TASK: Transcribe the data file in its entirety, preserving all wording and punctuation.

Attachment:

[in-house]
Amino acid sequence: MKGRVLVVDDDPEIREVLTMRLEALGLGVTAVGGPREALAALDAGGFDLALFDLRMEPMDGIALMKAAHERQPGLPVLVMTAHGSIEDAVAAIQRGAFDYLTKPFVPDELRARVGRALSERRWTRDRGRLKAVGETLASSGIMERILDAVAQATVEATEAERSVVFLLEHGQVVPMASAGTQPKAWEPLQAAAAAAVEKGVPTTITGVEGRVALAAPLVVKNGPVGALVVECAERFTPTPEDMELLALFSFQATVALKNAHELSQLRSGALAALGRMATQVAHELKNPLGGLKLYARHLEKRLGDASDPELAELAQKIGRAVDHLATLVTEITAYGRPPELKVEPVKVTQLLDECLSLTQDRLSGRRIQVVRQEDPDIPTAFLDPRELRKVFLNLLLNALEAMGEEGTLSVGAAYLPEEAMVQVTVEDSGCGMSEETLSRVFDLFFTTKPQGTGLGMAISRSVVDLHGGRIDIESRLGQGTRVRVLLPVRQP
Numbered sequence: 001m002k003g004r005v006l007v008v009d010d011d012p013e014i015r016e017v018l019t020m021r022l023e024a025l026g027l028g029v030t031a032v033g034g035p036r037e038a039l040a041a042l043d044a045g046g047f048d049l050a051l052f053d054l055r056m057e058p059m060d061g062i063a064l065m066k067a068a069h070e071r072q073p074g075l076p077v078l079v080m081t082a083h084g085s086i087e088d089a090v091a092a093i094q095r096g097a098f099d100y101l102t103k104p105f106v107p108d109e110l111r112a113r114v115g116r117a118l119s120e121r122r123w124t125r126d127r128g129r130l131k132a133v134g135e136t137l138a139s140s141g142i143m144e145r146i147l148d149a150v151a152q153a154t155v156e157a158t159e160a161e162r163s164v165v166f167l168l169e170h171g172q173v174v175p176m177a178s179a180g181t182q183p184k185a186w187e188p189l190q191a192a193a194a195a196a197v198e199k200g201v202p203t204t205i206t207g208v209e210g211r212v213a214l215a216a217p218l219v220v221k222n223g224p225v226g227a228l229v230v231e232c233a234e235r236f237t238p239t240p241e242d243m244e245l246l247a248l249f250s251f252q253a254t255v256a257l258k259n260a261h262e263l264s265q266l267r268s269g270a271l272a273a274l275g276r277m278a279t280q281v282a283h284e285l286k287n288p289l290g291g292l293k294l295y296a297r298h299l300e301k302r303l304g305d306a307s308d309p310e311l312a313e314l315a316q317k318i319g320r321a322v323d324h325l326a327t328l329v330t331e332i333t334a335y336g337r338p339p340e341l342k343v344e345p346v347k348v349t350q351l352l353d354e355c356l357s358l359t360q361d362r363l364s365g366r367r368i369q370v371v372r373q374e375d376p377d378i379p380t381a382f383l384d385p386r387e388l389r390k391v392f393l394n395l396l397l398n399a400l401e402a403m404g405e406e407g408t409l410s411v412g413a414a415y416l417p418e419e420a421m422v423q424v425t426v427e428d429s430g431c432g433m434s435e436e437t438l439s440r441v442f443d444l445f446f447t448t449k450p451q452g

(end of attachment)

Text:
[in-house]
Amino acid sequence: MKGRVLVVDDDPEIREVLTMRLEALGLGVTAVGGPREALAALDAGGFDLALFDLRMEPMDGIALMKAAHERQPGLPVLVMTAHGSIEDAVAAIQRGAFDYLTKPFVPDELRARVGRALSERRWTRDRGRLKAVGETLASSGIMERILDAVAQATVEATEAERSVVFLLEHGQVVPMASAGTQPKAWEPLQAAAAAAVEKGVPTTITGVEGRVALAAPLVVKNGPVGALVVECAERFTPTPEDMELLALFSFQATVALKNAHELSQLRSGALAALGRMATQVAHELKNPLGGLKLYARHLEKRLGDASDPELAELAQKIGRAVDHLATLVTEITAYGRPPELKVEPVKVTQLLDECLSLTQDRLSGRRIQVVRQEDPDIPTAFLDPRELRKVFLNLLLNALEAMGEEGTLSVGAAYLPEEAMVQVTVEDSGCGMSEETLSRVFDLFFTTKPQGTGLGMAISRSVVDLHGGRIDIESRLGQGTRVRVLLPVRQP
Numbered sequence: 001m002k003g004r005v006l007v008v009d010d011d012p013e014i015r016e017v018l019t020m021r022l023e024a025l026g027l028g029v030t031a032v033g034g035p036r037e038a039l040a041a042l043d044a045g046g047f048d049l050a051l052f053d054l055r056m057e058p059m060d061g062i063a064l065m066k067a068a069h070e071r072q073p074g075l076p077v078l079v080m081t082a083h084g085s086i087e088d089a090v091a092a093i094q095r096g097a098f099d100y101l102t103k104p105f106v107p108d109e110l111r112a113r114v115g116r117a118l119s120e121r122r123w124t125r126d127r128g129r130l131k132a133v134g135e136t137l138a139s140s141g142i143m144e145r146i147l148d149a150v151a152q153a154t155v156e157a158t159e160a161e162r163s164v165v166f167l168l169e170h171g172q173v174v175p176m177a178s179a180g181t182q183p184k185a186w187e188p189l190q191a192a193a194a195a196a197v198e199k200g201v202p203t204t205i206t207g208v209e210g211r212v213a214l215a216a217p218l219v220v221k222n223g224p225v226g227a228l229v230v231e232c233a234e235r236f237t238p239t240p241e242d243m244e245l246l247a248l249f250s251f252q253a254t255v256a257l258k259n260a261h262e263l264s265q266l267r268s269g270a271l272a273a274l275g276r277m278a279t280q281v282a283h284e285l286k287n288p289l290g291g292l293k294l295y296a297r298h299l300e301k302r303l304g305d306a307s308d309p310e311l312a313e314l315a316q317k318i319g320r321a322v323d324h325l326a327t328l329v330t331e332i333t334a335y336g337r338p339p340e341l342k343v344e345p346v347k348v349t350q351l352l353d354e355c356l357s358l359t360q361d362r363l364s365g366r367r368i369q370v371v372r373q374e375d376p377d378i379p380t381a382f383l384d385p386r387e388l389r390k391v392f393l394n395l396l397l398n399a400l401e402a403m404g405e406e407g408t409l410s411v412g413a414a415y416l417p418e419e420a421m422v423q424v425t426v427e428d429s430g431c432g433m434s435e436e437t438l439s440r441v442f443d444l445f446f447t448t449k450p451q452g